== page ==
Q: How many cases that come into children’s aid societies end-up in court?
A: It’s only anecdotal, but I would think that the high majority of cases, maybe 80%, never see a court room. And, the other thing is, again it’s anecdotal, but the majority of children who do come before the court, about 80% of them go home with their parents or extended family. It’s the exception rather than the rule that children end-up in foster care.
Q: How can society play a bigger role in helping to prevent families from ending-up in court?
A: One nice thing about working with my colleagues is looking at ways of ‘how do we make this system better?’ It’s incumbent upon us, and it’s incumbent upon all aspects of society to do it as well. In terms of education, in terms of social services, resources, immigration settlement resources. One thing that’s been very successful in keeping families together is family group conferencing. It can actually keep children out of care.
“I have a lot of faith in people, if given the right direction and motivation, to do very good things for their families.”
Q: What have you learned from your time working in the family court?
A: I’ve learned so much. I’ve learned that people are resilient. I’ve learned that every person is unique, every family is unique, and you have to get to know that family. You have to examine each individual case on its own merits. I’ve become even more optimistic than when I started. When I started I was optimistic, but I’ve seen many, many stories of people who have done wonderful things. I have a lot of faith in people, if given the right direction and motivation, to do very good things for their families.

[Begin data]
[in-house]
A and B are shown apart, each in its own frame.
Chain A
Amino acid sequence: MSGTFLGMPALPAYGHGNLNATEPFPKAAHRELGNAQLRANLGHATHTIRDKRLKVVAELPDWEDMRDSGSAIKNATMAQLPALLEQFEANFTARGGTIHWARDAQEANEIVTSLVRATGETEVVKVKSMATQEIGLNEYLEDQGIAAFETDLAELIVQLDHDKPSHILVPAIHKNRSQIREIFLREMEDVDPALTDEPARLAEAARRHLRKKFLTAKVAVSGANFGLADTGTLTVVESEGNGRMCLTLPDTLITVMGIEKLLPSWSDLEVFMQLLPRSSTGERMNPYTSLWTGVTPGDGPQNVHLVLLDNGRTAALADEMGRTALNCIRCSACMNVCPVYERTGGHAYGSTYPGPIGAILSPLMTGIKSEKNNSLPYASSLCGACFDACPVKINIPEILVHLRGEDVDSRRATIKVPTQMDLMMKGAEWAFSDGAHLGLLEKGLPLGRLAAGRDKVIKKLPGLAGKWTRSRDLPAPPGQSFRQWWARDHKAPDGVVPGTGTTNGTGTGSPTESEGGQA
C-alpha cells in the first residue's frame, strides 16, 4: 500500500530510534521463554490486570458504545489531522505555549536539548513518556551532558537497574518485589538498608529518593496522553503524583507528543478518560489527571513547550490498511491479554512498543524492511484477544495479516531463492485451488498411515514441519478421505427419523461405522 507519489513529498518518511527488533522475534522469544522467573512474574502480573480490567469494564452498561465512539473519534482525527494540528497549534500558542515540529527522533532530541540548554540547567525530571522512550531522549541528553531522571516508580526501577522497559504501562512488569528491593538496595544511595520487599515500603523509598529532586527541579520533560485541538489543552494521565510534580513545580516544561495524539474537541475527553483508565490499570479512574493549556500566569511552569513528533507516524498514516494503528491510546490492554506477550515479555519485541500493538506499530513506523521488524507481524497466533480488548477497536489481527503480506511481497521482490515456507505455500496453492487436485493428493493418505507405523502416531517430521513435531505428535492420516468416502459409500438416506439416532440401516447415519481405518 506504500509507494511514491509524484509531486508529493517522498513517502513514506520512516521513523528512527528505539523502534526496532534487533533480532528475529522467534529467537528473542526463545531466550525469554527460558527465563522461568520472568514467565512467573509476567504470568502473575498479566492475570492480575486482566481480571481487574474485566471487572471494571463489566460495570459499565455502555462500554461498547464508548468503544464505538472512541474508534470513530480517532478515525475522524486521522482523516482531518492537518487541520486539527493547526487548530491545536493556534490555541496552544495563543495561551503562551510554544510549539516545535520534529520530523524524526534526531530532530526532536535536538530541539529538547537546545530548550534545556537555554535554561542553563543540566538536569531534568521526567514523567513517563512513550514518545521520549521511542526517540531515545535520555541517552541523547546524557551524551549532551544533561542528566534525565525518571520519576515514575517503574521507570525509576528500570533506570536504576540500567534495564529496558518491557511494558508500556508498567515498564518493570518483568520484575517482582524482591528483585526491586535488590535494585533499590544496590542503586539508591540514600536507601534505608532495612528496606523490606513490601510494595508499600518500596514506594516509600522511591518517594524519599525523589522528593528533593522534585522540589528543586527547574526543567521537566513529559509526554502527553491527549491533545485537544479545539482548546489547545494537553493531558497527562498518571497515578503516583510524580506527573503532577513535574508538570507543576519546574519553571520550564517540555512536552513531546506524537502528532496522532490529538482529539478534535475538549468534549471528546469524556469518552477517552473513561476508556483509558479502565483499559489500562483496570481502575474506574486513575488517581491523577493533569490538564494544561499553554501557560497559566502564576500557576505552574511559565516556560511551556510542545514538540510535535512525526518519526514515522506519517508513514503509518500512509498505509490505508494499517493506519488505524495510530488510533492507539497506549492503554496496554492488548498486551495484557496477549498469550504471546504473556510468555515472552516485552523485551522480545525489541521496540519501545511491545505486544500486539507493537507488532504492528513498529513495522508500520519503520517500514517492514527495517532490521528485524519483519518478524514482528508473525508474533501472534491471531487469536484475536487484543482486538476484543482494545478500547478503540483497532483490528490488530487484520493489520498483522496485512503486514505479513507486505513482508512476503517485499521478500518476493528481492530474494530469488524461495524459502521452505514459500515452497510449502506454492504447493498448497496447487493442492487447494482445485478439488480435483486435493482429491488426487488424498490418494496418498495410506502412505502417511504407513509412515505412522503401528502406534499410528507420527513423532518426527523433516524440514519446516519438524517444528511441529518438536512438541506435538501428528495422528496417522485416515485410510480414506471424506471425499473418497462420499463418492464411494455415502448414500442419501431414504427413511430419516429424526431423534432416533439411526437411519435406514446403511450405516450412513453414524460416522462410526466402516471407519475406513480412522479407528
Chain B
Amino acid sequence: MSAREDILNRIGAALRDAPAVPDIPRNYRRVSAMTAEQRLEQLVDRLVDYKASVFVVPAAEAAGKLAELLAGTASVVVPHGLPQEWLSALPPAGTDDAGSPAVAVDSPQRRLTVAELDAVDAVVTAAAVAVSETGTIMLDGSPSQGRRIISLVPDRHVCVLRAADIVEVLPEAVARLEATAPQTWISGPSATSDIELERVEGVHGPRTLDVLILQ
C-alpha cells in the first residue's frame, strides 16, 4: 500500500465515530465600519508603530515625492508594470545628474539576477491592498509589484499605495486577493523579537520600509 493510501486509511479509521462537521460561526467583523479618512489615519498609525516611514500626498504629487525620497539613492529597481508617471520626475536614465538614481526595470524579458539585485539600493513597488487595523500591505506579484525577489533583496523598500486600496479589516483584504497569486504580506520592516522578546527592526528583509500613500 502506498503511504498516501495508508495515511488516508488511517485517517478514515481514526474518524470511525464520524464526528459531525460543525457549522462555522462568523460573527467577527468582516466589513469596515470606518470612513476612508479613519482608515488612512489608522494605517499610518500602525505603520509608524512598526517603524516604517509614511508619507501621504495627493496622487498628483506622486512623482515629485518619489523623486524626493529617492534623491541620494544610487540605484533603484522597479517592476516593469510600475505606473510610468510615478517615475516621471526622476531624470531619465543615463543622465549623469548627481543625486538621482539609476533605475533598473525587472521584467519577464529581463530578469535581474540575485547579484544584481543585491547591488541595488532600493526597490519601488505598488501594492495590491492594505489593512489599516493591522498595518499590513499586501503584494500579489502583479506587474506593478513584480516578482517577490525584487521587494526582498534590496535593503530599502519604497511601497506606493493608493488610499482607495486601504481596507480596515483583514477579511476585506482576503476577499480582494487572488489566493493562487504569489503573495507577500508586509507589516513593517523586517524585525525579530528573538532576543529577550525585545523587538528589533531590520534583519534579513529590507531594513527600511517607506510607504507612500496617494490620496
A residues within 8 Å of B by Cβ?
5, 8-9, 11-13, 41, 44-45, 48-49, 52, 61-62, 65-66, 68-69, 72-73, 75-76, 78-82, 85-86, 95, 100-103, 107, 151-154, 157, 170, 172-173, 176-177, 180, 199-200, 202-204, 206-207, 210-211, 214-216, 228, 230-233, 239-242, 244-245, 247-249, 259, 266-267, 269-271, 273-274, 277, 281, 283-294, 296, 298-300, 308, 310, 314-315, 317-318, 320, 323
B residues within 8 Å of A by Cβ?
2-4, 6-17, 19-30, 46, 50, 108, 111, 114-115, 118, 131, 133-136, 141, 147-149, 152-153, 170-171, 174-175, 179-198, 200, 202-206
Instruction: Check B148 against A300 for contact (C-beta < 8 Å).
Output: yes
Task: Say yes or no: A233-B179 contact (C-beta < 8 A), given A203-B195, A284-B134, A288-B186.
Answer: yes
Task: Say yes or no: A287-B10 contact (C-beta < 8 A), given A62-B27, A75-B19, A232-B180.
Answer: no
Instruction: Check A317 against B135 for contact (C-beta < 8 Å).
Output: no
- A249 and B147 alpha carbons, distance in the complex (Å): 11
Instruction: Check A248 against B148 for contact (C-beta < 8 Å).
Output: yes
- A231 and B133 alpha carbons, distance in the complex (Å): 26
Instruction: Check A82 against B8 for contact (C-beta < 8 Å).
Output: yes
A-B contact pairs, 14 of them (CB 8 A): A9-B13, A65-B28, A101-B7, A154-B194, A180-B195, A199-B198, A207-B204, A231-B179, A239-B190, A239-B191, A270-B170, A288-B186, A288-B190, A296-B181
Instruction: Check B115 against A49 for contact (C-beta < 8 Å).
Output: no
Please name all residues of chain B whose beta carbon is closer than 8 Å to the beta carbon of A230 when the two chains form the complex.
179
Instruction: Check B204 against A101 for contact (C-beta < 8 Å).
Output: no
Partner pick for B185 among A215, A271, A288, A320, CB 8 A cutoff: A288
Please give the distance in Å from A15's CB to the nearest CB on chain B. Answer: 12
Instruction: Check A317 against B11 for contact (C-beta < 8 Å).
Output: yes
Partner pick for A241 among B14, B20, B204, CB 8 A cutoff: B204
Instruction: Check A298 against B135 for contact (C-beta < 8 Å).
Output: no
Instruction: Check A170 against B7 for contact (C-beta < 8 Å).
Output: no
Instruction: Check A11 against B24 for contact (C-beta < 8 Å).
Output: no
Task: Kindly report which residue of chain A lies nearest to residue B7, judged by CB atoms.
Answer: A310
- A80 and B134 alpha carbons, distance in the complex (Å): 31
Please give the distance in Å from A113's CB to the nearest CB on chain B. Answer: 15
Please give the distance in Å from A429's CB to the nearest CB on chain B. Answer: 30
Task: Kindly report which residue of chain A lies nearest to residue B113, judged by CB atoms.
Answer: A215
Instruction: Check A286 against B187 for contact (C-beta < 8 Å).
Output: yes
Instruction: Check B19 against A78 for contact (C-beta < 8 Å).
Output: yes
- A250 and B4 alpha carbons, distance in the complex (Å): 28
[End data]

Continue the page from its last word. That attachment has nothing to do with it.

Q: How much does stigma surrounding foster care affect families?
A: The stigma’s huge. For a parent, what can be more embarrassing or humiliating to your community than having your child taken away? That’s, of course, the perception. That anyone who’s had their child taken away from them is a child abuser, and that’s just not the case. Many parents have struggles and challenges and simply can’t parent at a particular moment in time. Their lives have become too difficult. It doesn’t mean they’re abusers, they’re struggling. Stigma is a huge thing because what that means is, when you’re humiliated, there’s a tendency to displace blame, to strike back, and that interferes with a parent’s ability to recognize and address their limitations, and move forward in a timely way that allows their children to be returned. It’s an important dynamic for lawyers, social workers, and judges to understand.
Q: What did it mean to be part of Arthur’s swearing-in ceremony?
A: It meant a lot. Representing children is a lot of fun. You’re trying to help children through really a difficult time in their life. To be able to re-connect later with Arthur and see him thriving makes you feel good; it makes you more optimistic. So, it was very nice moment.